November 29th, 2006


Iron-clad feather-feet pounding the dust

I do not know why it happened, but last night's sleep was accompanied by the sort of delirium that usually requires a 104F fever or a dose of some unpleasant entheogen to produce. So, I'm a bit off my feed this morning, so to speak.

Yesterday, I wrote a perfectly respectable 928 words.

During our walk in Freedom Park, we were passing by one of the big oak trees and realised that it was filled with blue birds (Sialia sialis). I'd not seen even one blue bird since...I'm not even sure. Maybe the late 1980s, at my mother's old place. She put houses up for blue birds and lived at the edge of woods and pastures, so blue birds were not uncommon. But I never saw more than two at a time, even then. There were at least four or five in this oak. We watched them for a time.

That was likely the best thing about yesterday, the blue birds.

A number of people have volunteered to work on the hyperlinks for stories for the e-version of Tales of Pain and Wonder. Below is a list of all the stories. The ones that have been spoken for already have been struck through:

"To This Water (Johnstown, Pennsylvania 1889)"
"Bela's Plot"
"Tears Seven Times Salt"
"Glass Coffin"
"Breakfast in the House of the Rising Sun"
"The Last Child or Lir"
"A Story for Edward Gorey"
"Postcards from the King of Tides"
"Rats Live on No Evil Star"
"In the Water Works (Birmingham, Alabama 1888)"
"The Long Hall on the Top Floor"
"San Andreas"
"Angels You Can See Through"
"...Between the Gargoyle Trees"
Epilogue: "Zelda Fitzgerald in Ballet Attire"

A few people said they wanted to help out, but then didn't choose a story. Please, if you're interested, pick a story. I don't want to assign them. And if you volunteer to work on a story, be sure to leave an e-mail address. Also, the question of whether the e-version would be offered as something other than a PDF was raised, if it would be available in other formats. The answer is, "Not unless someone comes forward who wants to do all the work on those conversions." I understand PDFs, and I can see how this book can still look and feel something remotely like a book as a PDF. I can't say the same for a version that could be read on, say, a cell phone. I think that's just a little too 21st Century for a collection of short fiction concerned in part with the deleterious effects of industry and technology upon cilvilisation and art. I would like to at least pretend that people will download the PDF and print it out and read it as hard copy. However, I'll consider other formats, if there's someone to do all the work required. And if subpress is amenable to hosting more than a single format. I haven't yet asked. Thanks, by the way, to everyone who has volunteered so far.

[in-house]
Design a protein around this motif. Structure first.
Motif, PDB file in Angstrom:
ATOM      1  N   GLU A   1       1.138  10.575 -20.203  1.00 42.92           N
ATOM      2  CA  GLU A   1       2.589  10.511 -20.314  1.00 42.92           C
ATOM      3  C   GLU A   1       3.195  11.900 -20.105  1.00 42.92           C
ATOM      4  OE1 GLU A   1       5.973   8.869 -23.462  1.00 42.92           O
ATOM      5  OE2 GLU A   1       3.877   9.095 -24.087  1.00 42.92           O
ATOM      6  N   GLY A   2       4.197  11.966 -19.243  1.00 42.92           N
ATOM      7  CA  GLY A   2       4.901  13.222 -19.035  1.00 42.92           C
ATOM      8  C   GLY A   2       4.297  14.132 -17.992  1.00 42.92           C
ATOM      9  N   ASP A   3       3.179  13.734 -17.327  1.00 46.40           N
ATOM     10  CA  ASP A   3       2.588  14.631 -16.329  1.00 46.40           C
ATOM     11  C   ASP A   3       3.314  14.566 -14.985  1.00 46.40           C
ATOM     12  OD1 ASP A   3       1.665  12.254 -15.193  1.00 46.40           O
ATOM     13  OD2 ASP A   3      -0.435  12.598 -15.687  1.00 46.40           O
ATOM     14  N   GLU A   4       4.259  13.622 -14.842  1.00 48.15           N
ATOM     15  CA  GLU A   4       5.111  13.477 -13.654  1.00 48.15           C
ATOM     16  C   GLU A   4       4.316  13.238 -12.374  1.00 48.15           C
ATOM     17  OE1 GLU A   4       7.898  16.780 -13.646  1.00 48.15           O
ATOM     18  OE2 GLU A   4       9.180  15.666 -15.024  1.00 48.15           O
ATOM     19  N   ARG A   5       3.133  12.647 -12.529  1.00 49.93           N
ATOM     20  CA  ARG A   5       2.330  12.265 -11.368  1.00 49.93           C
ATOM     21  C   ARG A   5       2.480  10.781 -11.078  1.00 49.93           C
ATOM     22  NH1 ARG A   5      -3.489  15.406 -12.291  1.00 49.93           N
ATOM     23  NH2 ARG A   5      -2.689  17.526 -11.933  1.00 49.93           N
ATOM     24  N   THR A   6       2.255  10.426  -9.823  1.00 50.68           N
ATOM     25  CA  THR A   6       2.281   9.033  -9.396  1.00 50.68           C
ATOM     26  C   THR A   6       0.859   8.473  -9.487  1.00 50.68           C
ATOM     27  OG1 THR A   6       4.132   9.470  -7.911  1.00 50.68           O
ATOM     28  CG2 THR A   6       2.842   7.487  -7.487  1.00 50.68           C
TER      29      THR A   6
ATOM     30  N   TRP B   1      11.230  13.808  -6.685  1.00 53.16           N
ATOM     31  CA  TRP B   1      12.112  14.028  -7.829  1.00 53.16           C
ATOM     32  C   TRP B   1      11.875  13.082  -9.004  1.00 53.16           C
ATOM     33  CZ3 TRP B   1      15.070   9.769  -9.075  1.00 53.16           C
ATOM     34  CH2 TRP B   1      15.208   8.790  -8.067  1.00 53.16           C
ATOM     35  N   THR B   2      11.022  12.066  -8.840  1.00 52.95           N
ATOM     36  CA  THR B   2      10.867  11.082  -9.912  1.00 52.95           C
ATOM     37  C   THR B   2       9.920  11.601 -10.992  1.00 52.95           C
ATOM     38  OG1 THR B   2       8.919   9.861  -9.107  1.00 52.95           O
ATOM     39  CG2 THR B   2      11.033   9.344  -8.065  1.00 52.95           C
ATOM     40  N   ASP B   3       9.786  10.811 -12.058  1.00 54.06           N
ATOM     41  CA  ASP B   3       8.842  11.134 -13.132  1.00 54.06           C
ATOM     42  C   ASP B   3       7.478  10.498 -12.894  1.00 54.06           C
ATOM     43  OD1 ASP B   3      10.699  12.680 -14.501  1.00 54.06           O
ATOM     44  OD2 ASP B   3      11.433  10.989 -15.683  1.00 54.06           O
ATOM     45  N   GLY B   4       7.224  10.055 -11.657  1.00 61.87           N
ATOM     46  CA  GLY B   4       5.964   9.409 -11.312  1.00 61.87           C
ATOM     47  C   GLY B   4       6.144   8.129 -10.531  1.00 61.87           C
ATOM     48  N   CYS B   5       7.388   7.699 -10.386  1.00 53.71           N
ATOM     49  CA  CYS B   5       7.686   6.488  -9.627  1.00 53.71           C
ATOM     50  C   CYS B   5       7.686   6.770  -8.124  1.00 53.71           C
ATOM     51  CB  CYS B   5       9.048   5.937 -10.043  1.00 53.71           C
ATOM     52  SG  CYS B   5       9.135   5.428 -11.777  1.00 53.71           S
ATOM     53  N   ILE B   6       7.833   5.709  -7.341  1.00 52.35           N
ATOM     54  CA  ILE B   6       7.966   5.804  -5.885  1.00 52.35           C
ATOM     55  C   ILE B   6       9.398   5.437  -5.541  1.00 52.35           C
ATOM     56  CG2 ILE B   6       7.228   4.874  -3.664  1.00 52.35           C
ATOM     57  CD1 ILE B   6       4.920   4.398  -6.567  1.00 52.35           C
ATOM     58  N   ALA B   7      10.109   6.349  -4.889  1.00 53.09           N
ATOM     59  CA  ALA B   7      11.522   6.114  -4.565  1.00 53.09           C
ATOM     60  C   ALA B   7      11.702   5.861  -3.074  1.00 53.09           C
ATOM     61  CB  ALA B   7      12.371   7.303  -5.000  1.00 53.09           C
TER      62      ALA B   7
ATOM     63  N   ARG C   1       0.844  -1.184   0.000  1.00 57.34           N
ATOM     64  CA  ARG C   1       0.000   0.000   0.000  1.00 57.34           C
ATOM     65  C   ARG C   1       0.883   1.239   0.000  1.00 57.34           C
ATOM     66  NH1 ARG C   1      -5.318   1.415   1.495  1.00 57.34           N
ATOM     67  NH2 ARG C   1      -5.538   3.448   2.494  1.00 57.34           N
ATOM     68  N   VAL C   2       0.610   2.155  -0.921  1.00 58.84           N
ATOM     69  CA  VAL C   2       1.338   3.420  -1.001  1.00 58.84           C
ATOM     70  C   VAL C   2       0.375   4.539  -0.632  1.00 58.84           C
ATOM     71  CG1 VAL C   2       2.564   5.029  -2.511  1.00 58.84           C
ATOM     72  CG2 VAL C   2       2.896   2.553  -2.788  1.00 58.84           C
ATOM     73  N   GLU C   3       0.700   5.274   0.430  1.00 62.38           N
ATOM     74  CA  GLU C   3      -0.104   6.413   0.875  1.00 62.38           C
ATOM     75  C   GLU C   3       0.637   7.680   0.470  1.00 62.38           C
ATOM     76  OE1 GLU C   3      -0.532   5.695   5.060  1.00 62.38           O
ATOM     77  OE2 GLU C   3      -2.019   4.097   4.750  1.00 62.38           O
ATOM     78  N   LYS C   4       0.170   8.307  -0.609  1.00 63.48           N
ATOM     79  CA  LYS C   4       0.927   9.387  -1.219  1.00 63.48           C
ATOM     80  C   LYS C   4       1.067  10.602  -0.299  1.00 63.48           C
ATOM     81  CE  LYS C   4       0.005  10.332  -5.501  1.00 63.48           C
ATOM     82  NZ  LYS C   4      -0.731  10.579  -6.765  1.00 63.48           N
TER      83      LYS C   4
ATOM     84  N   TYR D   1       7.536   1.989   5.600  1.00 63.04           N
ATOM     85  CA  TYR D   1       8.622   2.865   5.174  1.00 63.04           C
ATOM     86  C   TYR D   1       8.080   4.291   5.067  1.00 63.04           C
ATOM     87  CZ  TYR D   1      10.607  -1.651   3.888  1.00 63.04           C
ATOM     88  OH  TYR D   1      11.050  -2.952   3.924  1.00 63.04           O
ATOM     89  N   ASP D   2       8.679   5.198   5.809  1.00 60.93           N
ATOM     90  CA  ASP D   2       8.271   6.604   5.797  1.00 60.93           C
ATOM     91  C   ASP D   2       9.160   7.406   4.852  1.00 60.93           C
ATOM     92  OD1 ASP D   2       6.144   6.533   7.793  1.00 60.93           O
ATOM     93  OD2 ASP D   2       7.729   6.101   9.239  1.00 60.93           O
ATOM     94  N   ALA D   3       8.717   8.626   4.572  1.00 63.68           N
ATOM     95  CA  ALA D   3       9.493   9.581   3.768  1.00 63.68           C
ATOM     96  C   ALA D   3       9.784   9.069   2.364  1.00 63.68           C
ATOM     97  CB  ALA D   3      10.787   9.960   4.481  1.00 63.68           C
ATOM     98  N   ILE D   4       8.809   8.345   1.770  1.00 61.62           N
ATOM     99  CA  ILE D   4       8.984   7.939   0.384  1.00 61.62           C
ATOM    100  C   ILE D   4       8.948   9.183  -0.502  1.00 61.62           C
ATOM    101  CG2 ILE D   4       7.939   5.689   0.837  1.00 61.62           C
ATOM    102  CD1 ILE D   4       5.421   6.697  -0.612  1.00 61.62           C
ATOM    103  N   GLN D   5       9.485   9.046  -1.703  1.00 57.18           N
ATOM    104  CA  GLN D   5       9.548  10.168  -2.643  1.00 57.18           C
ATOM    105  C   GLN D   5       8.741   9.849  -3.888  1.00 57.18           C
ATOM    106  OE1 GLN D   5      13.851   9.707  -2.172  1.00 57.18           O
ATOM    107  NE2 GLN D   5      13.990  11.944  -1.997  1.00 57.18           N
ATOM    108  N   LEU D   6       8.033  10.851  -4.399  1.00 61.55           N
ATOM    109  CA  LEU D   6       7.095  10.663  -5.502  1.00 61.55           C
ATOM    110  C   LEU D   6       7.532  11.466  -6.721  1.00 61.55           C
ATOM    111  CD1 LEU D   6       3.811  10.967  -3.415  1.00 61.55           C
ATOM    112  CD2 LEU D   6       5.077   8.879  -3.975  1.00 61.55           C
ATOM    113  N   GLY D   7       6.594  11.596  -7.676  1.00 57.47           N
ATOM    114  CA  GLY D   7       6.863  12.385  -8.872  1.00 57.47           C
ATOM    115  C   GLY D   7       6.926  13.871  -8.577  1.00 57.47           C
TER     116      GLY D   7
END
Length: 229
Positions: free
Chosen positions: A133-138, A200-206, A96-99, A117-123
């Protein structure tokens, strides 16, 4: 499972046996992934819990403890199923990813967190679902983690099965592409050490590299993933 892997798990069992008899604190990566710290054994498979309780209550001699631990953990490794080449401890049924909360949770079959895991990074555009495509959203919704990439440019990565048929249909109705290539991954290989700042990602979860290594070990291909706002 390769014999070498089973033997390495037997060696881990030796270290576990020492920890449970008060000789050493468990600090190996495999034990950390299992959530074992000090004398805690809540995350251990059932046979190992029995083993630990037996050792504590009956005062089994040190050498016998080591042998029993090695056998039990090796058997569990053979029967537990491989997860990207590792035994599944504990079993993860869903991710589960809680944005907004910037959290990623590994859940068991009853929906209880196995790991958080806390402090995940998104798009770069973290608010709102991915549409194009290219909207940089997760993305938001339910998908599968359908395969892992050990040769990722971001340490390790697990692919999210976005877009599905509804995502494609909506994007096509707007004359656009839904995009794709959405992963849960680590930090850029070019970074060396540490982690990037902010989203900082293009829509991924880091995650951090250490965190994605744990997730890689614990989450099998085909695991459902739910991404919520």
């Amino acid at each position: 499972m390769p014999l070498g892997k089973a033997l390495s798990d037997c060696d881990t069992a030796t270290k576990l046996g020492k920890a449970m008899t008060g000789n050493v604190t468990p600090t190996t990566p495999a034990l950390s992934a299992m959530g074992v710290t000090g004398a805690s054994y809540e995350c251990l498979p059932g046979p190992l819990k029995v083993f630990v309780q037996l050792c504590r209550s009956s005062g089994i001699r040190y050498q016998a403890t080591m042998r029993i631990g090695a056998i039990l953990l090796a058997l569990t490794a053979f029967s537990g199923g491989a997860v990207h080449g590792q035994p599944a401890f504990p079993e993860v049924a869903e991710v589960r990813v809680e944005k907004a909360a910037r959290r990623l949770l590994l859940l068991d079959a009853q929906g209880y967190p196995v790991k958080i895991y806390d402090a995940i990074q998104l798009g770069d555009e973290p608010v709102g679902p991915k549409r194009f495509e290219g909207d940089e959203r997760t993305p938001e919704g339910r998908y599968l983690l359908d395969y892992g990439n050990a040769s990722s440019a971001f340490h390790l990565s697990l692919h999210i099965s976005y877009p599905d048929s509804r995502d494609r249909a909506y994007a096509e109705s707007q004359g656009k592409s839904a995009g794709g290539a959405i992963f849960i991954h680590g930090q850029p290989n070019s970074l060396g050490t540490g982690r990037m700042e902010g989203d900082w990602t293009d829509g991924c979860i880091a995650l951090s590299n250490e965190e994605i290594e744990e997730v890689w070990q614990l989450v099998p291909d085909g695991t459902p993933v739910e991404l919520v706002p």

The weather here is very warm. The high today is supposed to be near 70F. But I just checked and saw the headline "Strong cold front slams door on warmth." I knew that was coming, the rain and then the long cold, but I wish it were not so.

Speaking of cold, we watched Ice Age: The Meltdown last night, but I think the first one was much better.

I should wrap this up. The day is slipping past...

The Suffolk, the Clydesdale, the Percheron vie...

Someone at Locus was kind enough to send me a copy of Vol. 57, No. 4, the issue with the full-page ad for Alabaster.

It's so warm that I'm working with my office window open again. The air smells like fallen leaves.

The new issue of National Geographic (December) has a couple of superb articles, one on Cassini's photos of Saturn and its moons and another using present-day photographs to offer glimpses of how Earth would have appeared in Neoarchean and Paleoproterozoic times. Awesome stuff.

I just came across this meme-type thing in pkbarbiedoll's LJ and decided to snurch it. So, it says go here and select the year you turned 18. Bold the ones you liked, strike the ones you hated (behind the cut).

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Mostly, though, in 1982 I was listening to Asia, Yes, the Alan Parsons Project, Pink Floyd, Peter Gabriel, Bob Dylan, the Cars, and the Police.